Media Servers

By Chuck Ross | Mar 15, 2008




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Once only found in high-end home theater settings, the residential media server is poised to become the next middle-market must-have. Electrical contractors who aren’t positioning themselves in this low-voltage market could be missing out on a range of future opportunities because these devices are becoming hubs for broader home-automation applications, which also are reaching breakout status.

Powering up

Media servers are, essentially, repurposed personal computers (PCs) with software that helps them manage networking and other tasks. The specifications for these devices—some of which include Microsoft’s Windows Vista operating system—look surprisingly similar to what you might find in a processor designed for video gamers but with hard drives that can provide one terabyte or more of storage capacity. However, some manufacturers say these units also offer performance characteristics more common to commercial enterprise settings, so the prices are going to be higher than those typically charged for the budget desktop machines from the local big-box appliance store.

“Consumers are going to have to understand that this is different than an off-the-shelf PC,” said Jeff Kussard, vice president for strategic development for Newmarket, N.H.-based Russound. “They’re not going to get the benefits a media server delivers from an off-the-shelf PC.”

Initially, media servers were marketed as music storage and distribution devices. Users burned their CD and MP3 collections onto the servers for access anywhere in their home. Then, as digital video recording (DVR) became common, the servers began acting as centralized storage units, accessible by any connected TV. More recently, manufacturers have begun adding jukebox-like attachments to serve up DVD-based video content, first for home theaters and then for distribution throughout the house.

High-definition televisions (HDTVs) are helping to build the media-server market, as well. Consumers now have become accustomed to the idea of spending money to improve their viewing experience. As the cost of these TVs is dropping, media-server upgrades start to look more attractive.

A new delivery method

With Internet-delivered programming growing, industry analysts see home-entertainment networks becoming almost commonplace. Online video revenue—both user paid and advertising supported—is expected to grow to $9.7 billion by 2011, according Parks Associates, a Dallas-based, high-tech research firm. Media servers typically include Internet connections, providing a portal to an online library of television shows and movies that is growing larger every day.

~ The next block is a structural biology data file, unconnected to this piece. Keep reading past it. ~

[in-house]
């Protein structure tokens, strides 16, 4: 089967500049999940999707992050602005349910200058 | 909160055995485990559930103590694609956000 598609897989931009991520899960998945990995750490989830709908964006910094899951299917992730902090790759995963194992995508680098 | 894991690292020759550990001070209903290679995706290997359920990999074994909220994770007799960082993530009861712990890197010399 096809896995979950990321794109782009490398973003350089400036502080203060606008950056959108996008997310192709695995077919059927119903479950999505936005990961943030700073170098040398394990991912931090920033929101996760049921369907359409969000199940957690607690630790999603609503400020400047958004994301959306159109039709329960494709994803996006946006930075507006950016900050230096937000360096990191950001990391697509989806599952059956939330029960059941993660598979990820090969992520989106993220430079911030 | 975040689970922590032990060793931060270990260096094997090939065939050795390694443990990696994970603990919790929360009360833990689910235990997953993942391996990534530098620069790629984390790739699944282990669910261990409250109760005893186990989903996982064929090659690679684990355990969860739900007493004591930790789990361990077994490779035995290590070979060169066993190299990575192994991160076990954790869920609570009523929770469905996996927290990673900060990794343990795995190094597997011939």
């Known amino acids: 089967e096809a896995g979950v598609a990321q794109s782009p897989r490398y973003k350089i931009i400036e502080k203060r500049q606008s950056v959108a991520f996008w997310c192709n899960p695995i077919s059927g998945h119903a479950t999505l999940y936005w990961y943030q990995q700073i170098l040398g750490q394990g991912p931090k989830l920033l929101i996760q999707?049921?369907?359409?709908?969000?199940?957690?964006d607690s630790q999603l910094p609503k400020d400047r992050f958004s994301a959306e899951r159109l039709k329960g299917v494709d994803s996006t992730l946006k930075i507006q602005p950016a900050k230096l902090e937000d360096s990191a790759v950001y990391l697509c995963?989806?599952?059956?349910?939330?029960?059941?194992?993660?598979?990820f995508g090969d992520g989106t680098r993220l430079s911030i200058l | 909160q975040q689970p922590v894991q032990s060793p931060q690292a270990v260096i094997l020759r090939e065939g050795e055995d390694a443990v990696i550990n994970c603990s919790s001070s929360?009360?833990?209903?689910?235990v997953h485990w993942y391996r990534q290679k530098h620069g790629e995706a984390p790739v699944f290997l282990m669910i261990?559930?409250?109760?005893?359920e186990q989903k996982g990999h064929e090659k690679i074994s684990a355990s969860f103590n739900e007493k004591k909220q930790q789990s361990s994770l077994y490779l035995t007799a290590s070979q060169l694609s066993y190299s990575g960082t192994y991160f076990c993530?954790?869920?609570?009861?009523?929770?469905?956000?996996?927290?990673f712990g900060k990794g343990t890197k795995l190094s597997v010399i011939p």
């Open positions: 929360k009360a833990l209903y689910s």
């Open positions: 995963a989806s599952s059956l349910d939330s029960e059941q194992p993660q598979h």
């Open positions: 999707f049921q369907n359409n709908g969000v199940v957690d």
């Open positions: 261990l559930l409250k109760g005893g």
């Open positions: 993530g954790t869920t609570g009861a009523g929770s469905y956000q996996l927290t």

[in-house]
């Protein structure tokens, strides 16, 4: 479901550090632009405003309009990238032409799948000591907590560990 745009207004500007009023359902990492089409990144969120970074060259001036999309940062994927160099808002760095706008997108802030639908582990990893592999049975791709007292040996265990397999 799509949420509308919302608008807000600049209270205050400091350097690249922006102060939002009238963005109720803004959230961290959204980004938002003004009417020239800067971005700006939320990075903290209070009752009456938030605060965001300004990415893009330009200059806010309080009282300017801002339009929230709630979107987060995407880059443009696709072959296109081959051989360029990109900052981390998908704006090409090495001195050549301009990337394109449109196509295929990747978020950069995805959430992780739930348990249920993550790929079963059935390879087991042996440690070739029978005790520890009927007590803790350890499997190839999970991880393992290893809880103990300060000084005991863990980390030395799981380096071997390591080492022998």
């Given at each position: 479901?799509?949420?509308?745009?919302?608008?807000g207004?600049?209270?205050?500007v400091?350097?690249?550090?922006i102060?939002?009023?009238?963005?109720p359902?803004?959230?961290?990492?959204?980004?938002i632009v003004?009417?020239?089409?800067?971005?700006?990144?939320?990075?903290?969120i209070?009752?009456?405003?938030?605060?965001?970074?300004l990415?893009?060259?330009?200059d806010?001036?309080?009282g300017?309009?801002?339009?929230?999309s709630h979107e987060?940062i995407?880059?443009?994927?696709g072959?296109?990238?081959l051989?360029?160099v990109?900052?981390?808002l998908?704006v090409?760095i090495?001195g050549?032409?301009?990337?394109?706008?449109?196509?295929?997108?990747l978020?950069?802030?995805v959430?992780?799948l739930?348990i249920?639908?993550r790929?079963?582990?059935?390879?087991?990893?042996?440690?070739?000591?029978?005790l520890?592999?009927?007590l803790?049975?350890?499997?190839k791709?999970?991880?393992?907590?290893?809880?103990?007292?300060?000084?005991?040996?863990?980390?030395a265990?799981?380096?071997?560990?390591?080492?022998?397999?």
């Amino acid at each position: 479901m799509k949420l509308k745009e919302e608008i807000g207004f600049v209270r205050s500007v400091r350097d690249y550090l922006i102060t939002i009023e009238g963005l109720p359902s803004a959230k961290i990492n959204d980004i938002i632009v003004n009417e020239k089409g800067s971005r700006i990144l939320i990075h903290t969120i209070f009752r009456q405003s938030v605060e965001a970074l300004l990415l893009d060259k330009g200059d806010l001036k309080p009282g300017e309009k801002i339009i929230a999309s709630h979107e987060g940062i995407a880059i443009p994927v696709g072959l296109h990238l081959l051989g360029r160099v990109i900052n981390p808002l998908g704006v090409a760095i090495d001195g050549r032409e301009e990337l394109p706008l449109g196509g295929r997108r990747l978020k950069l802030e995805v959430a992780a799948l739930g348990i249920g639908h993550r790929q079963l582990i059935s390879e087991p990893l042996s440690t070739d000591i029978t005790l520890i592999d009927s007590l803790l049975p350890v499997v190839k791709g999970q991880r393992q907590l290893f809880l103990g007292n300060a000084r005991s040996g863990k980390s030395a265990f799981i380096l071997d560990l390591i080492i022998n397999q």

“I think we’re seeing a faster-than-expected shift in how content is delivered to consumers, and what’s interesting is how customers are adopting it. It’s probably going to start dominating the marketplace in the next two to three years,” Kussard said.

Parks Associates consultants have noted digital programming as one of the factors behind increased home networking, which the group identified as one of the key trends it expects to see move forward in 2008.

According to Parks Associates, “the next generation media server will be an affordable, must-have component for mid-range entertainment systems.” Media servers could simply become another builder-included appliance. Parks Associates said this already is happening with home theater systems, which builders include as standard features and buyers simply wrap into their home mortgages.

The home-automation tie-in

Adding to the demand created by centralized entertainment options, new home-automation technologies are boosting media-server installation numbers even higher. Homeowners are tying the devices into home-automation systems for centralized control of heating, air conditioning, lighting, security and even electronically controlled window coverings, all through the use of a single universal remote control. The media server, when connected to the Internet, also can enable monitoring and control of connected systems from outside the home. And new wireless light switches, thermostats and other control devices are making it easier than ever to add these advanced functions.

Experts say this added capability, along with falling prices, is drawing new interest from consumers.

“[Consumers] want a box that has the ability to do more than just record TV,” said Mike Seamons, marketing vice president for Life|ware, a Westerville, Ohio-based manufacturer of media servers and related software. “One of the big things that we’re getting a lot of traction on is this box that has the capacity to control the house.”

Until recently, custom home builders had been the primary target for media-server makers’ marketing efforts. And, despite the overall housing slowdown, these building professionals remain manufacturers’ primary connection to consumers.

“The main meat is the mid- to high-end housing market,” Seamons said. “And this isn’t slowing down as much as production home building.”

Upgrade options mean new business opportunities